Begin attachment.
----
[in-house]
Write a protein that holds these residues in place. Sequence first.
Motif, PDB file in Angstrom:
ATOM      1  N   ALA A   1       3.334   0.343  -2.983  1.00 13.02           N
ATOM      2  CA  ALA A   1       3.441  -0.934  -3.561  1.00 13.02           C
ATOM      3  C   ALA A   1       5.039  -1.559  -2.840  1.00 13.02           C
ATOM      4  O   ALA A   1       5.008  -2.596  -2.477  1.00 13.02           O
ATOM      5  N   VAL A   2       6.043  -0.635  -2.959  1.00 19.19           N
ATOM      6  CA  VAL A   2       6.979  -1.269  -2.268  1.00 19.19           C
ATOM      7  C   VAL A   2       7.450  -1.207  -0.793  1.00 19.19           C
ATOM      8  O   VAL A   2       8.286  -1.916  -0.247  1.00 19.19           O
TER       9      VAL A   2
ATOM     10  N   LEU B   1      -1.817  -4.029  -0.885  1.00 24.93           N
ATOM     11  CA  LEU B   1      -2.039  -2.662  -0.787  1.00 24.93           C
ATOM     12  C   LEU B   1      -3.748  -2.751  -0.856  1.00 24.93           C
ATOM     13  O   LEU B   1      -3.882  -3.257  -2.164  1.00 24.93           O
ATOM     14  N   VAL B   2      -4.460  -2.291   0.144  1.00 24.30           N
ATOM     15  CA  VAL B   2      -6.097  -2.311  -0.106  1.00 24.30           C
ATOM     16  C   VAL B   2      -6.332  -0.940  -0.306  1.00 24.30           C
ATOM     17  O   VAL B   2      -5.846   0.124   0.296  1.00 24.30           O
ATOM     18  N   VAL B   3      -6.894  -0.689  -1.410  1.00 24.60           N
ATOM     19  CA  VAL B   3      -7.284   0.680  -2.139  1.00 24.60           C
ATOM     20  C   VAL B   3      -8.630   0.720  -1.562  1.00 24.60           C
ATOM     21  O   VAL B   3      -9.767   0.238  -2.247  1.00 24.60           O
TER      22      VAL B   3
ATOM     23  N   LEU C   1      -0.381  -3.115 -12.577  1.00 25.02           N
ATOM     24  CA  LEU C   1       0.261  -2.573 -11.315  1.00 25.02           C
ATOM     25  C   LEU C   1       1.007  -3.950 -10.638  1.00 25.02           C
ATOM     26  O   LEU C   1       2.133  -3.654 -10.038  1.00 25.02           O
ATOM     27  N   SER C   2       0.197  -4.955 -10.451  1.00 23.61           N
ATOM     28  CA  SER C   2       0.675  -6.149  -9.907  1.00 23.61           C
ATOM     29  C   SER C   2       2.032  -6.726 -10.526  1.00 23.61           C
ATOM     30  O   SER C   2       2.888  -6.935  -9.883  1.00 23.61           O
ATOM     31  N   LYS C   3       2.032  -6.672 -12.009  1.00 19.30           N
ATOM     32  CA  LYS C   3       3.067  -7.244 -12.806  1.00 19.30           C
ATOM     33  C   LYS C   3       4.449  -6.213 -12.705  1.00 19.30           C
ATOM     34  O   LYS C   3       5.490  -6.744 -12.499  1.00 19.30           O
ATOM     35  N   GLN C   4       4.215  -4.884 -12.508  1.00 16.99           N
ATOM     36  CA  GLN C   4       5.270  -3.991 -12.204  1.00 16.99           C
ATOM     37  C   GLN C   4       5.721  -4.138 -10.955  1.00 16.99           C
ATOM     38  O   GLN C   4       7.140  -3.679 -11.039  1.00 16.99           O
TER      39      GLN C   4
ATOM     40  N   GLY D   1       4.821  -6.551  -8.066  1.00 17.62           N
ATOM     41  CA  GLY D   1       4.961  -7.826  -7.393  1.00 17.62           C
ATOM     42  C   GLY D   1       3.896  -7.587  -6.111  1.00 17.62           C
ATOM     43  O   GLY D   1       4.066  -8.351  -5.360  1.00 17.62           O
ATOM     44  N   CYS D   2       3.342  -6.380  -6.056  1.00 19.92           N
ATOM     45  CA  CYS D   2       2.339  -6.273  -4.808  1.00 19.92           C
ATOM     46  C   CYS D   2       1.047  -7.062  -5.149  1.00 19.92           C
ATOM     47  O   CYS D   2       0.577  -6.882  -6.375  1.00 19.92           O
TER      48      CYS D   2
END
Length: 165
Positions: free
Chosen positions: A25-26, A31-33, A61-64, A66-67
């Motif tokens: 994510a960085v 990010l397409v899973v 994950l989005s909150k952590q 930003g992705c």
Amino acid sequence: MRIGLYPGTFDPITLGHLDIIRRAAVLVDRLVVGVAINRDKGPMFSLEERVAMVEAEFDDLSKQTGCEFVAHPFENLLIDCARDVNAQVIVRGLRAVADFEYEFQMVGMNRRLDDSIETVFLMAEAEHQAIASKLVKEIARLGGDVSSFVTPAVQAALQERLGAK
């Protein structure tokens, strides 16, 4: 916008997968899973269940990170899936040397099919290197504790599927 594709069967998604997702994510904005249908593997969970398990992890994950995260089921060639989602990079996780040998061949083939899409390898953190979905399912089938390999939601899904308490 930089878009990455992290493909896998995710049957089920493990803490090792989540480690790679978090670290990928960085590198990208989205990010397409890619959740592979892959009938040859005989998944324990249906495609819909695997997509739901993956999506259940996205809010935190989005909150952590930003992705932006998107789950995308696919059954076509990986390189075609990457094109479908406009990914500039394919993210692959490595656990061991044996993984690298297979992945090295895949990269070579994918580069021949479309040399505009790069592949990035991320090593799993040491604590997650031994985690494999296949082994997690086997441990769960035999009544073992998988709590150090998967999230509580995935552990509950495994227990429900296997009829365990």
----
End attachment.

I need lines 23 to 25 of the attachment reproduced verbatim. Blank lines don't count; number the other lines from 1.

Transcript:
ATOM     20  C   VAL B   3      -8.630   0.720  -1.562  1.00 24.60           C
ATOM     21  O   VAL B   3      -9.767   0.238  -2.247  1.00 24.60           O
TER      22      VAL B   3